While the chaotic Spectre vulnerability keeps coming back, another vulnerability has now come up to trouble users. Termed SplitSpectre, the recently discovered vulnerability could allow an attacker for speculative execution attacks.
SplitSpectre – Another Spectre Variant Discovered
After Foreshadow and other Spectre-like flaws, another Spectre variant has come to haunt users. This time, it is the SplitSpectre vulnerability that is even more dangerous. The vulnerability could allow an attacker to target a victim’s system by exploiting the speculative execution function of microprocessors. The researchers from Northeastern University and IBM Research have published their findings in a detailed research paper.
As stated in their paper, SplitSpectre seems a Spectre v1 variant. The difference, however, lies in the way it executes. It requires a small chunk of vulnerable code on the victim’s machine, without requiring the attacker to have an own malicious code.
Regarding how SplitSpectre works, they explain,
“As its name implies, it splits the Spectre v1 gadget into two parts: one consisting of the conditional branch and the array access (phase 3), and the other one consisting of the second array access that constitutes the sending part of the side channel (phase 4). This has the advantage that the second part, phase 4, can now be placed into the attacker-controlled code. It is more likely that an attacker finds such gadgets, thereby alleviating one of the main difficulties of performing a v1 attack. Furthermore, the attacker can choose to employ amplification of a v1 attack by reading multiple indices of the second array to deal with imprecise time sources.”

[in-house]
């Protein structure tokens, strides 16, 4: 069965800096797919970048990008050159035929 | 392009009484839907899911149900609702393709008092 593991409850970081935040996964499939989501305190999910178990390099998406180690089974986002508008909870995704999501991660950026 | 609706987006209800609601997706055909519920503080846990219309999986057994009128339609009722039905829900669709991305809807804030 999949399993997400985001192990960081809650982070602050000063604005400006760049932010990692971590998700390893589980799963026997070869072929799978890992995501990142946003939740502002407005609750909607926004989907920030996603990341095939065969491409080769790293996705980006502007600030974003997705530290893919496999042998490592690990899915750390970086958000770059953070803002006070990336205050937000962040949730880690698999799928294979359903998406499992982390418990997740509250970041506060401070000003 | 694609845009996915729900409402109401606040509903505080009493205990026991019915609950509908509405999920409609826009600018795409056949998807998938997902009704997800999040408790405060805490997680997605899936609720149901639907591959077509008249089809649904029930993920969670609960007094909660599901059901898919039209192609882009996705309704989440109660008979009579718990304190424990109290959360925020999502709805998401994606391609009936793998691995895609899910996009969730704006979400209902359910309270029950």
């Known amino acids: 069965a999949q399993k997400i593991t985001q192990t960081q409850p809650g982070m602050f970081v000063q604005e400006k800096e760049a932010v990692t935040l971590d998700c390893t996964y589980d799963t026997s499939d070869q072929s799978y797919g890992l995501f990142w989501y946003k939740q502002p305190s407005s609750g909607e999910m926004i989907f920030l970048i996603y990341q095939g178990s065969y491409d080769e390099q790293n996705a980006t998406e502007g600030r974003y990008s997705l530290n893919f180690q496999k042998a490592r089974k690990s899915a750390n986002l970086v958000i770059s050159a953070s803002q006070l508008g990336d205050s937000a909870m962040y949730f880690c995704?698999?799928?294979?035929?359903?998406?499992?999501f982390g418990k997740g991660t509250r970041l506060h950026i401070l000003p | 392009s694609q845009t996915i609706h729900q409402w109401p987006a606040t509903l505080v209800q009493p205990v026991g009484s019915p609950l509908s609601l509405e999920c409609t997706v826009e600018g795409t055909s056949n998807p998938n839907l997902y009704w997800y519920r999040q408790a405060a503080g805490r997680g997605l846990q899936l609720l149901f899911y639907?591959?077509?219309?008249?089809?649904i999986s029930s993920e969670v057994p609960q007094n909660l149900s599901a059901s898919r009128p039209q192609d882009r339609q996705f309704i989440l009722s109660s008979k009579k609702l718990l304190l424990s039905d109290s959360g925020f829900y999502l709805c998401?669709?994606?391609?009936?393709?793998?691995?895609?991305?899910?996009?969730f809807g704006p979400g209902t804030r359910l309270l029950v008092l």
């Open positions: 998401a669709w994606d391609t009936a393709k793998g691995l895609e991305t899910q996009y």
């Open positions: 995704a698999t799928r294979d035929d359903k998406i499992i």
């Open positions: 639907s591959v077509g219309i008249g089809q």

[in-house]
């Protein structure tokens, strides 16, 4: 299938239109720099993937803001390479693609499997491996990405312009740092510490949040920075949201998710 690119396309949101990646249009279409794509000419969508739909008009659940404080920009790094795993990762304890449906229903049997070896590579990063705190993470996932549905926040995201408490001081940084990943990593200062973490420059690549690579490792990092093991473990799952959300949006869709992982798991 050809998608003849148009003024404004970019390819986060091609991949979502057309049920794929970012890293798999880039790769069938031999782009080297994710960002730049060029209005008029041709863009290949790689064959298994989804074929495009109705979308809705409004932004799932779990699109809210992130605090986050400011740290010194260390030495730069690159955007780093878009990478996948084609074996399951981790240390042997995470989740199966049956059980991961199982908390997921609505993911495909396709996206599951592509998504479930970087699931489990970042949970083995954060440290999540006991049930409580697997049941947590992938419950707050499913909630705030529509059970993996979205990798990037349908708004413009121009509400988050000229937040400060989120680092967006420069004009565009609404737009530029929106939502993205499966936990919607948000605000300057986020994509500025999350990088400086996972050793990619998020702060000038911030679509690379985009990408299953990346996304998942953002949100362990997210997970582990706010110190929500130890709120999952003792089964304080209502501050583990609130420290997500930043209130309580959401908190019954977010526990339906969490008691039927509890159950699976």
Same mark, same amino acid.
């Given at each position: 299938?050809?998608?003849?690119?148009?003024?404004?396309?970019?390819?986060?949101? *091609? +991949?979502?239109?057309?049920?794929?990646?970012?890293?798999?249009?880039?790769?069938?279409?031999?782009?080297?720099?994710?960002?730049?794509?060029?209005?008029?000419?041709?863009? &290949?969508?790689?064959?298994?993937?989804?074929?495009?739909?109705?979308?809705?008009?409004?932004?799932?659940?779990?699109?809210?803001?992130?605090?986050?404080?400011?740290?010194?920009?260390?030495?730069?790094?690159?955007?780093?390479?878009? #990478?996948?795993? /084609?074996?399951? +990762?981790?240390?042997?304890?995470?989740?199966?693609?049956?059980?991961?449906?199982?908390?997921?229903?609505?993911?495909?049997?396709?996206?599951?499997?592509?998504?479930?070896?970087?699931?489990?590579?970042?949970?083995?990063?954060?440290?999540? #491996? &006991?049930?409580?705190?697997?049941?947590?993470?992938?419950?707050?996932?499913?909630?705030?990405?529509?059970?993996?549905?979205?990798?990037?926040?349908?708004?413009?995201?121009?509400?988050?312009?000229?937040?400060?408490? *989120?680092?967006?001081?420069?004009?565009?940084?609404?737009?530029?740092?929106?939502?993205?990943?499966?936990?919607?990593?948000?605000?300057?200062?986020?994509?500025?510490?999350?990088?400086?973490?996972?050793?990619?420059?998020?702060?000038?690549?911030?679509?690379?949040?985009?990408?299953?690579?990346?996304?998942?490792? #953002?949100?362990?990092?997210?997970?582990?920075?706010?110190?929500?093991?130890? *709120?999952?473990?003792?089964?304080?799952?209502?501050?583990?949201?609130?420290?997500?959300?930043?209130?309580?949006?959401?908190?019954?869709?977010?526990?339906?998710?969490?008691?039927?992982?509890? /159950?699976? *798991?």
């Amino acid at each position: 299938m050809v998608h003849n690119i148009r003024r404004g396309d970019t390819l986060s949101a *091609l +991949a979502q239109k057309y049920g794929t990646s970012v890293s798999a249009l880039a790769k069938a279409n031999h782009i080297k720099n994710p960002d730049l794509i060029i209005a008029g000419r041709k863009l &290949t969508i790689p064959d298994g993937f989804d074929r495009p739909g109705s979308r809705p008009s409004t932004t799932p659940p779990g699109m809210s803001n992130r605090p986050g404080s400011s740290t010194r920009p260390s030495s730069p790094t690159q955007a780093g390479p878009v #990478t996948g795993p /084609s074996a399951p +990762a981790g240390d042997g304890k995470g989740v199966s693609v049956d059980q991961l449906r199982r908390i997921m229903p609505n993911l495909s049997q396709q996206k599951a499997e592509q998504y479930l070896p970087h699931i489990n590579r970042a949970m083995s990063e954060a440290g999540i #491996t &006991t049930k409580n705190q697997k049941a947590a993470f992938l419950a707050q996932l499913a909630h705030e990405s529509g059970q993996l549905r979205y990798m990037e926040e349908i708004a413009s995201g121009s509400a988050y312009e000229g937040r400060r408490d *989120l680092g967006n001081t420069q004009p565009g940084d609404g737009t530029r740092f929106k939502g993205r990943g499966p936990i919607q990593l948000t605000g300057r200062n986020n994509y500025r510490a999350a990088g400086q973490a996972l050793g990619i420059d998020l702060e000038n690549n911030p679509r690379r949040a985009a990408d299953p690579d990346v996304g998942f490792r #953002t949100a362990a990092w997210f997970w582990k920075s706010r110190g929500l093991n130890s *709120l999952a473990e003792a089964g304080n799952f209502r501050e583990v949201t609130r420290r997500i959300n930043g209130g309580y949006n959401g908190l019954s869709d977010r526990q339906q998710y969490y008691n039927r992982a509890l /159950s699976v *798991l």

In case of SplitSpectre, the speculation window extends to cover the second part of the attack. This extension, in turn, facilitates a more robust attack.
The SplitSpectre vulnerability affects most modern CPUs. The researchers have successfully tested the attack against Intel Haswell, Skylake and AMD Ryzen processors.
Despite being vulnerable, the researchers suggest that the present mitigations against Spectre may certainly help mitigating such attacks. Nonetheless, they still advise,
“All things considered, our analyses lead us to conclude that the attack is viable, and that the ability to trigger it in practice depends on the identified microarchitectural properties of individual CPU families.”
In addition to explaining the vulnerability, the researchers have also presented a novel tool to investigate speculative execution.
“…we have designed and implemented SPECULATOR, a tool whose purpose is to reverse-engineer the behavior of different CPUs in order to build a deeper understanding of speculative execution.”
Following the successful utilization of SPECULATOR in their research, the researchers have planned to release the tool under open-source.